Casing Wear Series - 11: A Little More About Rubber Pipe Protectors

If rubber pipe protectors can be used, they will greatly reduce wear in intermediate casing. However, if they are to be used, it is recommended that they not be run during the first bit run out of casing. Running rubber protectors in newly installed casing, they will encounter high frictional resistance to rotation. This is caused by the layer of mill scale and rust on the surface of the new casing. Until this layer is removed, the coefficient of friction will be very high, and, in some cases, Hade made it impossible to rotate the drill string.

This behavior is pictured in Figure 1.

Figure 1: Drill Pipe Protector Friction VS Time

If analysis of the directional survey and drilling program indicates that casing wear will be a problem, it is recommended that 2 protectors be used on each drill pipe: one on one end of the pipe, and the other at the middle of the pipe.

CWPRO was developed to conduct this analysis. The results of a CWPRO analysis will indicate exactly where and how severely casing wear can be expected.

A typical rubber pipe protector is shown in Figure 2. Since these rubber protectors will tend to restrict mud flow up the hole, some manufacturers have cut `flow channels’ in their protectors to reduce their flow resistance. Figure 3 shows two configurations of a `fluted’ protector. The one on the left, with the `straighter’ flutes will offer slightly less flow resistance to the drilling fluid, but will be a source of drillstring vibrations. Therefore, the `spiral fluted’ protector on the right is preferable.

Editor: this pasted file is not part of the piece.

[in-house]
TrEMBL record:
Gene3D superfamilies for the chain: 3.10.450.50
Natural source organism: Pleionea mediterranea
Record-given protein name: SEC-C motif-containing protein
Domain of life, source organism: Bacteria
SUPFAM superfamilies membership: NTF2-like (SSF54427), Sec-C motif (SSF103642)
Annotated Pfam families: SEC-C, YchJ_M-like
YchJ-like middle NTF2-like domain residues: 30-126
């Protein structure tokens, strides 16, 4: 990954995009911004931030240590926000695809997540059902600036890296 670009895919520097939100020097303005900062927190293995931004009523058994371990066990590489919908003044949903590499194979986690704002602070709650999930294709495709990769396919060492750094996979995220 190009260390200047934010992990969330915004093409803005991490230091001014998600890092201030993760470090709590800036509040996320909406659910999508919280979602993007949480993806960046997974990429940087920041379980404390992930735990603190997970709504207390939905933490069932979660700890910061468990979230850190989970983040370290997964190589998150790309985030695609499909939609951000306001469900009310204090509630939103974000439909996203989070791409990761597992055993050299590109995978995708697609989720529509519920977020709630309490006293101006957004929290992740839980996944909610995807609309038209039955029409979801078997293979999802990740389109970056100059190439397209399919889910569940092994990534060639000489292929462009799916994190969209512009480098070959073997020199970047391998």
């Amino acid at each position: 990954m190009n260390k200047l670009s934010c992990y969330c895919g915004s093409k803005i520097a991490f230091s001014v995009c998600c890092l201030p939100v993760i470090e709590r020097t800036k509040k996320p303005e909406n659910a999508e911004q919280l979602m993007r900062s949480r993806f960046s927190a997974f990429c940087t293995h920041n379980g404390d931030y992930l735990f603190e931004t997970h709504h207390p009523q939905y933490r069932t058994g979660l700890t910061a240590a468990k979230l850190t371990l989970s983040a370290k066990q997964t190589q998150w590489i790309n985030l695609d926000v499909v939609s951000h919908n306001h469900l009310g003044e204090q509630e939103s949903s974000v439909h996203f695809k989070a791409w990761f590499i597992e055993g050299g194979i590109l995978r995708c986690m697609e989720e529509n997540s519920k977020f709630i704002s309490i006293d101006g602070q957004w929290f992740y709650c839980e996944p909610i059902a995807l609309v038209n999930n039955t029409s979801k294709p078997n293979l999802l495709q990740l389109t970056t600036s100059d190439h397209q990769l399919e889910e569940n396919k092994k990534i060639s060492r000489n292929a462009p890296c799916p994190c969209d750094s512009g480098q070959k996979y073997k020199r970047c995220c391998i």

Still better, both from the standpoints of flow resistance and vibration, is the configuration shown in Figure 4. We used to refer to this configuration as our `tractor tire’.

All these drill pipe protectors are clamped to the drill pipe, and rotate with it. Another option is a system where the body of the protector is stationary with respect to the casing. The body of the protector rotates in two end bearings, which are clamped to the drill pipe. This avoids the uncertain friction generated by rotation of the body of the protector with respect to the casing.

Figure 2: Slick Protector

Figure 3: Fluted Protector

Figure 4: Hydril Diamond Type Protector

Figure 5: Western Well Tool Non Rotating Pipe Protector

Western Well Tool developed such a `non rotating’ pipe protector which was quite successful. This unit, shown in Figure 5, consists of three pieces: Two end pieces which are clamped to the drill pipe, and a rubber center section which rotates between these end pieces. The end pieces provide low friction bearings upon which the center body rotates. These three pieces are shown in Figure 6.





Figure 6: Elements of Non Rotating Protector


Western Well Tool non rotating protectors have been used in several wells (that I know of) to remedy the excessive torque required to rotate the drill string.